Lift bags stow very easily when passed through two bungee loops passed through the bottom of the plate. They are streamlined and not prone to get entangled in that location and it involves minimal hardware - all very "hog". An open circuit or semi closed circuit SMB can be stored the same way - just fold it to the same lenght as the bottom of the back plate, roll it up and slide it through the bungee loops.

    Closed circuit SMB's are not ammenable to that method as the rigid inflators are almost invaraiably positioned across the width of the SMB to promote rolling lenghtwise, which eliminates folding the rolling the bag widthwise as an option. That means they end up in a pocket.

    I regard having a closed curcuit SMB dangle off a D-ring as the absolute last resort due to the line trapping, unrolling and general confusion with SPG, stages, etc that can occur. If a hip pocket is not available, then I would consider a pouch attached to the back plate on the side opposite where you'd place an argon bottle. You see technical divers clipping all manner of crap to d-rings, but that does not make it right. If it potentially interferes with easy access to something else on the D-ring, or increases the potential for line trapping, don't put it there. Adding d-rings to the base of stages etc, is just making things worse in terms of tangles and dangles.

    If a hip pocket or a pouch on the BP is not an option, put the closed circuit SMB on a butt D-ring but don't put a spool there - a reel yes, a spool no - for the reasons mentioned in previous posts.

    I saw something on the boat yesterday that would work great for an SMB and line attached there if the proposed use is as a Jersey upline. Visualize a 6" to 8" piece of 1/2" diameter PVC with flat plates cut from PVC drain plugs on each end held together with a SS eye bolt. Cut the 1/2" tube to the lenght required to roll your SMB between the end plates, add the lenght of line required, attach the SMB and roll the bag on top. Then turn the end plates down to the diameter needed to be flush or just slightly above the SMB then re-assemble and secure the SMB in place on top with a strip of inner tube, etc.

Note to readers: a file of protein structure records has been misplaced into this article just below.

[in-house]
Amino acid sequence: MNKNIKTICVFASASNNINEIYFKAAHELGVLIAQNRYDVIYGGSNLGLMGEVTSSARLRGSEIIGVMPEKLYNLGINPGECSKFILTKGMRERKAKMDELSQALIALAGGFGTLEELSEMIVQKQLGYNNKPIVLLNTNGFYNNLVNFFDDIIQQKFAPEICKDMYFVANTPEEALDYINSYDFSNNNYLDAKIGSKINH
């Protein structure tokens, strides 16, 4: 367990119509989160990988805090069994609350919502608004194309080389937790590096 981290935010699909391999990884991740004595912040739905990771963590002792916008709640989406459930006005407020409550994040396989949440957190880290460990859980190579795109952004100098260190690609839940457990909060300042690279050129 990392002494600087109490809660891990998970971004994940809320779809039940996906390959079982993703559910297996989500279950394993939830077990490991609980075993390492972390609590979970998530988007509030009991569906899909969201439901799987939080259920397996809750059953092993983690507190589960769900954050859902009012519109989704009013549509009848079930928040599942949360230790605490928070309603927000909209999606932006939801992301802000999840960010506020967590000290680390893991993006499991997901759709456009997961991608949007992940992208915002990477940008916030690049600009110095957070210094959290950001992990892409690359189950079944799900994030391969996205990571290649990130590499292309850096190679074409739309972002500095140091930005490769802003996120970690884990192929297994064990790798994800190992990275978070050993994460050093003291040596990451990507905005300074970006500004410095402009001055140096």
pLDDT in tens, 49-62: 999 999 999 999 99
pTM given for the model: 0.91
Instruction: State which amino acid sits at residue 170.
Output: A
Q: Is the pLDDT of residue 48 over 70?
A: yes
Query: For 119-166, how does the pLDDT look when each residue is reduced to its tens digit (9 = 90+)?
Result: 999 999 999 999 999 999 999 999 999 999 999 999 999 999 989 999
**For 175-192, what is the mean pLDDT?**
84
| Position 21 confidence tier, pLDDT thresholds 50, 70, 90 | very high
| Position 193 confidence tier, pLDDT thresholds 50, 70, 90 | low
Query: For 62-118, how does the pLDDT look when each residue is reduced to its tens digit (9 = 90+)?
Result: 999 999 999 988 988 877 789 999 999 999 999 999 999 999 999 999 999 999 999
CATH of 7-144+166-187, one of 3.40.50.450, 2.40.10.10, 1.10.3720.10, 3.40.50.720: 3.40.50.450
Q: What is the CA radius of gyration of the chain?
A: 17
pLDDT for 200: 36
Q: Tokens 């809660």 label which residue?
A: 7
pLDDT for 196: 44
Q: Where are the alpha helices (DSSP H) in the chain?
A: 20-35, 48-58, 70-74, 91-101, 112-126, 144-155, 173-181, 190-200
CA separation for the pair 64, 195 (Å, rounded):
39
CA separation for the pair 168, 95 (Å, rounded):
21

The end result is a mini Jersey upline not much larger in diameter than your rolled SMB, but it is contained in a compact package that you can clip to your butt D-ring with either a double ender or a bolt snap installed inside the eye bolt with no entanglement worries. The bag is sent up just like you would with a cold water spool.

    How you use the SMB depends on the conditions where you dive and that impacts how you carry it. Personally in the great lakes or along the mid atlantic coast, I'd shoot a 100 lb lift bag for normal deco purposes and shoot a closed circuit SMB when things go bad and I need to be seen. If I am in a current and I am ascending off the anchor line, I shoot an upline attached to the wreck so that I stay on the numbers in locations where fog or sea state coudl make tracking a drifting diver difficult. If I am on the surface and drifting away from the boat, I'll deploy a closed circuit SMB to get the extra height and visibility. That means on the average dive the CC SMB stay in the hip pocket with the other "here I am" stuff and is not used at all, unless as a jersey upline or on the surface.

    If you dive someplace where drifing deco is the norm, your mileage will vary, but where ever you dive, adjust your configuration to optimize it to the conditions YOU will encounter not the conditions some other internet diver may encounter whereever he or she dives.
  9. Splitlip

    Splitlip Contributor

    # of Dives: 500 - 999
    Location: Jupiter
    Not all plates work well with an MC storage pack. The plate can be too flat to comfortably stow the bag. I use the loops on the bottom of the plate as DA described.

    Another simple option is is 2 loops of surgical tubing on your tanks to retain the bag
  10. Mambo Dave

    Mambo Dave Solo Diver

    # of Dives: 200 - 499
    Location: Any low-vis site in South Florida

    The DR pouch on the plate works very well. I used to leave the strap of the SMB out, and the reel connected to it, but I like it better completely stowed away now.

Share This Page